Have the new mortgage restrictions had any effect on rising UK house prices?
UK house prices rise since the global financial crash
House prices in the UK rose by 9.8% on average in the year to December 2014. This represents considerable capital appreciation and a very good return for investors, especially in comparison with the low interest rate achievable on savings, or the higher risks involved in buying and selling shares in a rising but still very volatile stock market.
However, significant house price rises are not necessarily good news – house price inflation in 2014 was the highest since 2007 and, once adjusted for inflation, 2014 prices generally surpassed the previous 2007/8 peak. There are several house price indices that can produce different results and of course there are major regional differences within the UK which widely distort conclusions drawn from nationwide averages.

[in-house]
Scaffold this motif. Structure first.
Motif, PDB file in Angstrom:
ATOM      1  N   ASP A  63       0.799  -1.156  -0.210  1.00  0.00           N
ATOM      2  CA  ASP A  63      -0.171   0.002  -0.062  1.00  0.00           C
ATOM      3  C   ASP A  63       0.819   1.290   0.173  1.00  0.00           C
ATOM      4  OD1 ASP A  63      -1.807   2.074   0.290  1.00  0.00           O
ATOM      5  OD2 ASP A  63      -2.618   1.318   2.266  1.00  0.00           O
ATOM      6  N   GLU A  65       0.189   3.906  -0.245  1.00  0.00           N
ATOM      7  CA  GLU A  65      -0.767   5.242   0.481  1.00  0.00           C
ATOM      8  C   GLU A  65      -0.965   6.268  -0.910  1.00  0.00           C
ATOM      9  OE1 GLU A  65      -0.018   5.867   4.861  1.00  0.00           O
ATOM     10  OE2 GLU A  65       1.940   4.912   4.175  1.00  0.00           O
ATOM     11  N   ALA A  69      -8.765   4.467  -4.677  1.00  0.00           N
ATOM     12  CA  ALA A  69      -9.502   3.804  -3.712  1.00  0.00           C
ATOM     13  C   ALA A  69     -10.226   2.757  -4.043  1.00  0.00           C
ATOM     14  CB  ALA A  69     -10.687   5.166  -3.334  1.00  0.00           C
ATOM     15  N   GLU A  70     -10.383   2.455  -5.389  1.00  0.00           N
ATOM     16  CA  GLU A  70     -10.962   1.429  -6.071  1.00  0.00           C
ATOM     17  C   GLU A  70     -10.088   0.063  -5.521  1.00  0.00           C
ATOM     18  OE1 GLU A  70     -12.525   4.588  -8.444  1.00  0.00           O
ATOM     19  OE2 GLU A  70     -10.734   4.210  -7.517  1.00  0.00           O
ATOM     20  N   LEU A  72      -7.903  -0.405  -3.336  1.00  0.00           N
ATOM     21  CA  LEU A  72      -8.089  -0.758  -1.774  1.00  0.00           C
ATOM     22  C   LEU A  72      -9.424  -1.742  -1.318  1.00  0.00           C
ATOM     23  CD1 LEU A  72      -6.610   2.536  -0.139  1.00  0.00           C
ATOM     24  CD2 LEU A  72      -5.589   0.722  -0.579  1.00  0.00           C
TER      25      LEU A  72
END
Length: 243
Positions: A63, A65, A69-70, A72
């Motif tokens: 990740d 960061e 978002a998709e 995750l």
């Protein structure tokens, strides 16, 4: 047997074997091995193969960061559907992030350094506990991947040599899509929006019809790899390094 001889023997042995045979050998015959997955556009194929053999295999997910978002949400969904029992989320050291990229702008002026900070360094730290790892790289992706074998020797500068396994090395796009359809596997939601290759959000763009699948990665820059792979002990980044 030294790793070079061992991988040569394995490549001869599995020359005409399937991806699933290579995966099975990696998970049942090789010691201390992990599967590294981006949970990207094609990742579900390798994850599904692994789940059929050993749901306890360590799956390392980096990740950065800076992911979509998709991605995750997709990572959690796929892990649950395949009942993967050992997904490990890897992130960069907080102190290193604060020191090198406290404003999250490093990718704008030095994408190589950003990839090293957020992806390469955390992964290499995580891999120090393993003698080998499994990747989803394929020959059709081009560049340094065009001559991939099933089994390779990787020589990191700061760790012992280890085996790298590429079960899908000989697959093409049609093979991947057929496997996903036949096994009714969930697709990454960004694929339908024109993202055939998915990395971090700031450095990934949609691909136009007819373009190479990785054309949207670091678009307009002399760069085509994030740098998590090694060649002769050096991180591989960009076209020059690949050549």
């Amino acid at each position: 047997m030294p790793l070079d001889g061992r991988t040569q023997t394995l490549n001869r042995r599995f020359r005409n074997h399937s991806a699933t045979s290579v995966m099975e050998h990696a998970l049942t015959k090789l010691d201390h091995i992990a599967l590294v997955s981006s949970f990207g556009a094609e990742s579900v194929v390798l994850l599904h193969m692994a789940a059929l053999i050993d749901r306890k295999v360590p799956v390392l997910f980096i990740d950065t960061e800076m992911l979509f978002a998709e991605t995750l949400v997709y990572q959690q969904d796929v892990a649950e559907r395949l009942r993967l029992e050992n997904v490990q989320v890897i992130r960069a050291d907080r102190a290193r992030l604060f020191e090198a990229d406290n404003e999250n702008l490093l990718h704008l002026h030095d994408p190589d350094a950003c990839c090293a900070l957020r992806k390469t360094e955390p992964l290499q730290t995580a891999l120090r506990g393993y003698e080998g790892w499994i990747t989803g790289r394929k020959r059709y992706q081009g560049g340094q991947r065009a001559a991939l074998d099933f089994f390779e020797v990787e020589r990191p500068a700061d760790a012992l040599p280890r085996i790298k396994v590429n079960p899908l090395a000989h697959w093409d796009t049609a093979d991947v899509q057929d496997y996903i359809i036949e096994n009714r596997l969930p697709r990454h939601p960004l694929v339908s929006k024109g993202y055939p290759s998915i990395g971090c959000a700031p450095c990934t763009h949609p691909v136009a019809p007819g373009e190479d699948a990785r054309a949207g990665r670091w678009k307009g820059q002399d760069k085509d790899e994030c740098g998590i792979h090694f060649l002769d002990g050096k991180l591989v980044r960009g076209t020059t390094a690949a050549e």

Every month studies and surveys are published with the most recent suggesting a slight
slow in the rate of price rises, but clearly there is widespread concern that a new housing price bubble, within the context of a still weak global economy, could trigger another financial crisis with parallels to the unprecedented economic collapse of 7 years ago. One of the characteristics of the 2007/8 situation was how easy it was to obtain mortgages and other credit, as well as the wide and confusing variety of mortgage products which were then available.
In an attempt to avoid a repetition of the financial crisis there are now various restrictions on lenders and the mortgage market which are designed to take some of the heat out of the booming property market without affecting growth and housing supply too negatively. Is this strategy of mortgage restrictions working effectively or is it too blunt an instrument which simply keeps first time buyers out of the market while prices continue to rise anyway?
Average house prices for the last eight years